Similar remark as for Axalto. Here the iManufacturer is: Philips Semiconductors. The vendorID is 0x04B9 which should be Rainbow Technologies.


  1. SchlumbergerSema Cyberflex Access (e-gate.txt)


  1. CX00 (Todos_Cx00.txt)

  2. Argos Mini II (Todos_AGM2_CCID.txt)


After so much fusion and acquisitions in the smart card industry it may be difficult to know where to get manufacturer support for a given reader.

Gemalto provides a drivers support page where you can find most of the "Gemalto" readers.

Tuesday, March 24, 2015

Change syslog logging level on Yosemite

In "Debug a smart card application on Yosemite" we have seen how Apple provides a way to get the ATR and exchanged APDU from the process (new on Yosemite).


In some cases you need more than just ATR and APDU. That is why my CCID driver also uses syslog() to log debug messages.

According to syslog(3) manual page syslog() prototype is: void syslog(int priority, const char *message, ...);

The priority parameter is used to tell if the syslog message is important or not. For example messages of level LOG_EMERG are "A panic condition. This is normally broadcast to all users."

You can use the syslog(1) command line tool to log a message. To log an emergency message just do:
$ syslog -s -l 0 Read
  • -s to send a message
  • -l 0 to use level 0 i.e. Emergency

You should see a message broadcasted in every Terminal console and a message in /var/log/system.log. You can use the Console application to read the /var/log/system.log file.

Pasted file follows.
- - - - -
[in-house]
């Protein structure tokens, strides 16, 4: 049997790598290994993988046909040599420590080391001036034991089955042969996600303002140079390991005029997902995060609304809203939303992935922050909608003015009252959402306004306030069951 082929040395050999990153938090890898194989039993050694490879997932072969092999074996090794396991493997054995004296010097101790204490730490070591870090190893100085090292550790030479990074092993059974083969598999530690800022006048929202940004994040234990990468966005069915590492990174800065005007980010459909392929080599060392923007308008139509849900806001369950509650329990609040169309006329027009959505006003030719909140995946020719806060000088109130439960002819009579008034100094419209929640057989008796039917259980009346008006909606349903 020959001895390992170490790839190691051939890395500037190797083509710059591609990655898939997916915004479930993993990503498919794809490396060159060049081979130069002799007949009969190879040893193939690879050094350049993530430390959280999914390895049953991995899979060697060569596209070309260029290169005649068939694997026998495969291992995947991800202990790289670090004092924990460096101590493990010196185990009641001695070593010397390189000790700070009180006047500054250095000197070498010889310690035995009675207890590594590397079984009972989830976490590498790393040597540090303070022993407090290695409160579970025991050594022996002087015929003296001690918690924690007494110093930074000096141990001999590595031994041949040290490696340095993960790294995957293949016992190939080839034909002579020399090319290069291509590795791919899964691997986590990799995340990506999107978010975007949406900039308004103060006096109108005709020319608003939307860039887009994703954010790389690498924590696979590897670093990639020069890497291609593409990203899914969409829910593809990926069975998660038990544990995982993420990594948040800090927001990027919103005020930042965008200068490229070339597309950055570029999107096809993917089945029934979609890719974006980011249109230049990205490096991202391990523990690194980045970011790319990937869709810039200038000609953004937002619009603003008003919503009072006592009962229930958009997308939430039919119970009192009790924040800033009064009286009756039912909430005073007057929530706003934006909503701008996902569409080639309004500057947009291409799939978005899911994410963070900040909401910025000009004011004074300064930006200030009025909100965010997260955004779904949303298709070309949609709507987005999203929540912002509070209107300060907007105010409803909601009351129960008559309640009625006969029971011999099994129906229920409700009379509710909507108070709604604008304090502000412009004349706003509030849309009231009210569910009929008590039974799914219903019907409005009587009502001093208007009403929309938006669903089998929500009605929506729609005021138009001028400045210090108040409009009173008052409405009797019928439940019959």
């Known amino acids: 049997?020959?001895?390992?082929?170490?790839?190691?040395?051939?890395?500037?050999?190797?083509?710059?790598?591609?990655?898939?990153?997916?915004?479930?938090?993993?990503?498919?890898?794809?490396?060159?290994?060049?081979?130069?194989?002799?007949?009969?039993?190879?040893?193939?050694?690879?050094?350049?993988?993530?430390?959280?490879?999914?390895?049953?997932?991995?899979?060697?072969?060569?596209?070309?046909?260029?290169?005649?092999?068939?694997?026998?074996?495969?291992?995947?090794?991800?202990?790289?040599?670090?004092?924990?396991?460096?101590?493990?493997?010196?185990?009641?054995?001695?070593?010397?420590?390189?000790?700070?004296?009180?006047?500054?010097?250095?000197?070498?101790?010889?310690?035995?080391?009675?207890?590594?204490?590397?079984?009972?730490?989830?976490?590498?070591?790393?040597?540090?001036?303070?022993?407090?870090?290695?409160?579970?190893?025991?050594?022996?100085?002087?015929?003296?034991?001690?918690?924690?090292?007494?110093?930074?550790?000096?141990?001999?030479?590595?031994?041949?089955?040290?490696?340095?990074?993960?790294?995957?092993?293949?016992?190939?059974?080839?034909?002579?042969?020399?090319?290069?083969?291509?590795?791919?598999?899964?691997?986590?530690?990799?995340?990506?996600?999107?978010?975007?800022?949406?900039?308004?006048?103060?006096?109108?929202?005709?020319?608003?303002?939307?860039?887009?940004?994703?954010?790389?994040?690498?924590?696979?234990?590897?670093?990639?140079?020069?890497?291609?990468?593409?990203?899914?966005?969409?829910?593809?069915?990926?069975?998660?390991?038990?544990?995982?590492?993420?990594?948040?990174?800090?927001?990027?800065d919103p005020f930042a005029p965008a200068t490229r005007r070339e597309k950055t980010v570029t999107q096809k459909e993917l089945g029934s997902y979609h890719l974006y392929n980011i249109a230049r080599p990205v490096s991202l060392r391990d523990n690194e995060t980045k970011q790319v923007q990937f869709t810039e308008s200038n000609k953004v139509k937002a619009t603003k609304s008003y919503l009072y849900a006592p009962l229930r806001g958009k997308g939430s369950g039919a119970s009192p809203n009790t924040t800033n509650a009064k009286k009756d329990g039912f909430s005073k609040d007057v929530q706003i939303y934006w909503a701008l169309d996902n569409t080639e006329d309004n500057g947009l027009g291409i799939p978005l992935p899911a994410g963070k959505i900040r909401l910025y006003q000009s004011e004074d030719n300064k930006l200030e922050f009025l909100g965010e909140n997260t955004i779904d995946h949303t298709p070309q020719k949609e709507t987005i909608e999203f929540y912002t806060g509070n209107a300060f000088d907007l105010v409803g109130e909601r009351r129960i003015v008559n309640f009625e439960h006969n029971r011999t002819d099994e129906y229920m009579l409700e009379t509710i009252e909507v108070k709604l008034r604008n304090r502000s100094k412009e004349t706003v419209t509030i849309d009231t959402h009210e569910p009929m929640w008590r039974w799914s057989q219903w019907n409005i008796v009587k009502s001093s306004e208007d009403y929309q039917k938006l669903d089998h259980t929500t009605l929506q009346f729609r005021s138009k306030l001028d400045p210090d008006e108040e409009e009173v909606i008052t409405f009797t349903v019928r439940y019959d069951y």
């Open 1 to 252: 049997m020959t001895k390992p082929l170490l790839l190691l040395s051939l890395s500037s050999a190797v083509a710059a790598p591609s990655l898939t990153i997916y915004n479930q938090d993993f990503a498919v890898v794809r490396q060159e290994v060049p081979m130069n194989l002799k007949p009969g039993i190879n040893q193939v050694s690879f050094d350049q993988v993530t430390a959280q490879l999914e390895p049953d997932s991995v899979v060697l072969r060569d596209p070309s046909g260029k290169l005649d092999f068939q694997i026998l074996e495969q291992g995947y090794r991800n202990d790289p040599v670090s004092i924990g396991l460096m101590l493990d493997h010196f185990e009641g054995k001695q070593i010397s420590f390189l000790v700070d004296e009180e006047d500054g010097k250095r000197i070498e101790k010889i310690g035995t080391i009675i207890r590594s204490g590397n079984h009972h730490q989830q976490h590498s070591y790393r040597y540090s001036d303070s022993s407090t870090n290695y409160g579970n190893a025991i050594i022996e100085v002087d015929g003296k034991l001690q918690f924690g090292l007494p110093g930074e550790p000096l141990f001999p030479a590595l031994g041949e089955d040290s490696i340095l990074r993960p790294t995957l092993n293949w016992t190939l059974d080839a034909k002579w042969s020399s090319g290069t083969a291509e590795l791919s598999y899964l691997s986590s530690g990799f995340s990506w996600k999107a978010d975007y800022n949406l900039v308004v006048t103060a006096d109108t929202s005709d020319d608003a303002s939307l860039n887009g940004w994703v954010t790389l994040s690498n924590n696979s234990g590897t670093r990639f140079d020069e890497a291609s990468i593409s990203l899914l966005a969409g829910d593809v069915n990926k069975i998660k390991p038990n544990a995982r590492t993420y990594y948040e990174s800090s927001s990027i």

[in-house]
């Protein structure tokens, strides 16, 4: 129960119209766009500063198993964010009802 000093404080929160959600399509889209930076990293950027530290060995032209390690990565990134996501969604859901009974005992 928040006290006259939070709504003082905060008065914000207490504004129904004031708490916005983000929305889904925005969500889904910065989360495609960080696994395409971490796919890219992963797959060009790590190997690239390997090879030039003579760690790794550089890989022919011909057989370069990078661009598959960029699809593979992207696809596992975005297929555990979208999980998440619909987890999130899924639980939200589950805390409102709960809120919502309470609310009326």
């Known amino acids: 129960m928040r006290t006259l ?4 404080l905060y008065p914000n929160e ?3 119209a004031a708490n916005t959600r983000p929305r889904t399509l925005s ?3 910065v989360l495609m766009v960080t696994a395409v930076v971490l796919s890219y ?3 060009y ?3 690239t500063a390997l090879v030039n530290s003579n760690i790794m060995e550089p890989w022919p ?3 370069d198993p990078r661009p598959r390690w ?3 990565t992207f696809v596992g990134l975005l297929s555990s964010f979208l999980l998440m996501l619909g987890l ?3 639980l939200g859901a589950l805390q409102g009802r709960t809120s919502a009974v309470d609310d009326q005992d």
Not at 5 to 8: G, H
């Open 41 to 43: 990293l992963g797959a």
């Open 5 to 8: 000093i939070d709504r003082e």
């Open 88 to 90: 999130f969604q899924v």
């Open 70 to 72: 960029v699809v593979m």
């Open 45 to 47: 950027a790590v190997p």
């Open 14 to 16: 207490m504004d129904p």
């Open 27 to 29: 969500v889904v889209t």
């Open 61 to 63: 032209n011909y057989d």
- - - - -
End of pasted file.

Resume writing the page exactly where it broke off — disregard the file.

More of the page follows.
By default messages with level Info (6) or Debug (7) are just ignored.

Logging low level messages

To log messages of level Info and Debug from the CCID driver you need to tell syslog to accept them. We could change the global configuration to accept debug messages from every running process but that may generate a lot of noise. Each process has its own syslog filter. We will use that feature instead.

First step is to get the process identification (PID) of the process. I use something like:
$ ps -Aww | grep
28775 ??         0:00.74 /System/Library/CryptoTokenKit/
28803 ttys000    0:00.00 grep

In my case the PID is 28775.

You can see the syslog filter for the process using:
$ syslog -c 28775
Process 28775 syslog filter mask: Off

Change the filter using:
$ sudo syslog -c 28775 -d
-d indicates: set the filter level to cause to log messages from Emergency up to Debug.

And verify the filter has changed:
$ syslog -c 28775 
Process 28775 syslog filter mask: Emergency - Debug

Displaying logs

You can use the Console application to display the logs.

You can also use a command line program with:
$ syslog -w -k Sender
This will continuously display the log messages from as they are generated by the driver.


Apple removed the ability to run pcscd in foreground mode from the console on Yosemite because pcscd has been replaced by something different (See "OS X Yosemite and smart cards status").

As we have seen in this article it is still possible to log messages from a smart card reader driver. Using syslog may even be easier to use than restarting the pcscd process.